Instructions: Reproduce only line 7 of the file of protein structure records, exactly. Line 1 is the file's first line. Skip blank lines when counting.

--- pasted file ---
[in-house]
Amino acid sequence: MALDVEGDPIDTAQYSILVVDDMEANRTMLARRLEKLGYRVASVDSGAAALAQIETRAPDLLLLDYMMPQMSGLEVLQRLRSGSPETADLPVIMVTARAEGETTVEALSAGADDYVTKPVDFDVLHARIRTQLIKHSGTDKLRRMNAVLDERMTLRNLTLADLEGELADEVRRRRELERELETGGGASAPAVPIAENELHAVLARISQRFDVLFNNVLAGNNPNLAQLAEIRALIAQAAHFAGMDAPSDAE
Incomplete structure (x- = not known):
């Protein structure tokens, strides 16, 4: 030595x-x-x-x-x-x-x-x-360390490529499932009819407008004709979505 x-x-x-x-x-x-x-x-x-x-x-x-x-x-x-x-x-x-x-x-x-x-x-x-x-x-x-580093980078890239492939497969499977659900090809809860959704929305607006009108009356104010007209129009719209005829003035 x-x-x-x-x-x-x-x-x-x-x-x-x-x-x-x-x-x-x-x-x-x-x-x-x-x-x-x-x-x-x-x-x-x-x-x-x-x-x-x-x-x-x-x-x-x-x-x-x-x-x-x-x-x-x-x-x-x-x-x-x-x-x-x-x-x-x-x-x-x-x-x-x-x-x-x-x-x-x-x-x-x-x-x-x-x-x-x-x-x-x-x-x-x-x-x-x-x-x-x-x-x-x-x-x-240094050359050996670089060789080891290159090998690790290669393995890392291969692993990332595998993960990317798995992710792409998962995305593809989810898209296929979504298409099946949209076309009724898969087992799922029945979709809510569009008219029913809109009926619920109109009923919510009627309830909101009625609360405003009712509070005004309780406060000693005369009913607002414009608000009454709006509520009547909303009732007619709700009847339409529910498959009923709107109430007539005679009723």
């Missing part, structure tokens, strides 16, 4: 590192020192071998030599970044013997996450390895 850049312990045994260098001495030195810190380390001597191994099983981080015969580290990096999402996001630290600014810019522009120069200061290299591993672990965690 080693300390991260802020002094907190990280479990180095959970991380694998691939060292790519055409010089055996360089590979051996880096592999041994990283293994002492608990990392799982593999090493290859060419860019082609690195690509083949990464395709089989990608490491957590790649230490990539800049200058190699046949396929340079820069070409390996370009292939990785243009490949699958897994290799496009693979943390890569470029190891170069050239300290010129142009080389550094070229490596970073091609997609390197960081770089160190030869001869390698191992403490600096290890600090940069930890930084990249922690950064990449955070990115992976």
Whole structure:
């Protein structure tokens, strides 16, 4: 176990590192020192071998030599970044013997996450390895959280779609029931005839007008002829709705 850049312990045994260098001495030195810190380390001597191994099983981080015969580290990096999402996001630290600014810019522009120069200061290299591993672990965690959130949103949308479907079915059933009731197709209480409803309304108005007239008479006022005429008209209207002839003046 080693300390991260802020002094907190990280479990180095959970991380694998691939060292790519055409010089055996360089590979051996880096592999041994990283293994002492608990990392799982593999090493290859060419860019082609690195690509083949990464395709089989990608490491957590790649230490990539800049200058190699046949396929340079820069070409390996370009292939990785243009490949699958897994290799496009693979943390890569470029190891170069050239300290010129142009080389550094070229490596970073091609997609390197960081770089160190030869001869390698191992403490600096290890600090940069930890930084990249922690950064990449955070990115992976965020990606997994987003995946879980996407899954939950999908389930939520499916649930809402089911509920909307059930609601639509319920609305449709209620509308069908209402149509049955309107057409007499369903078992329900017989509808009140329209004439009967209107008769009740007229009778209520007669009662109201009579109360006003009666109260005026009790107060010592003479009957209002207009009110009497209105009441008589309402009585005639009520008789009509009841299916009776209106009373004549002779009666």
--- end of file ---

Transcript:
């Protein structure tokens, strides 16, 4: 176990590192020192071998030599970044013997996450390895959280779609029931005839007008002829709705 850049312990045994260098001495030195810190380390001597191994099983981080015969580290990096999402996001630290600014810019522009120069200061290299591993672990965690959130949103949308479907079915059933009731197709209480409803309304108005007239008479006022005429008209209207002839003046 080693300390991260802020002094907190990280479990180095959970991380694998691939060292790519055409010089055996360089590979051996880096592999041994990283293994002492608990990392799982593999090493290859060419860019082609690195690509083949990464395709089989990608490491957590790649230490990539800049200058190699046949396929340079820069070409390996370009292939990785243009490949699958897994290799496009693979943390890569470029190891170069050239300290010129142009080389550094070229490596970073091609997609390197960081770089160190030869001869390698191992403490600096290890600090940069930890930084990249922690950064990449955070990115992976965020990606997994987003995946879980996407899954939950999908389930939520499916649930809402089911509920909307059930609601639509319920609305449709209620509308069908209402149509049955309107057409007499369903078992329900017989509808009140329209004439009967209107008769009740007229009778209520007669009662109201009579109360006003009666109260005026009790107060010592003479009957209002207009009110009497209105009441008589309402009585005639009520008789009509009841299916009776209106009373004549002779009666």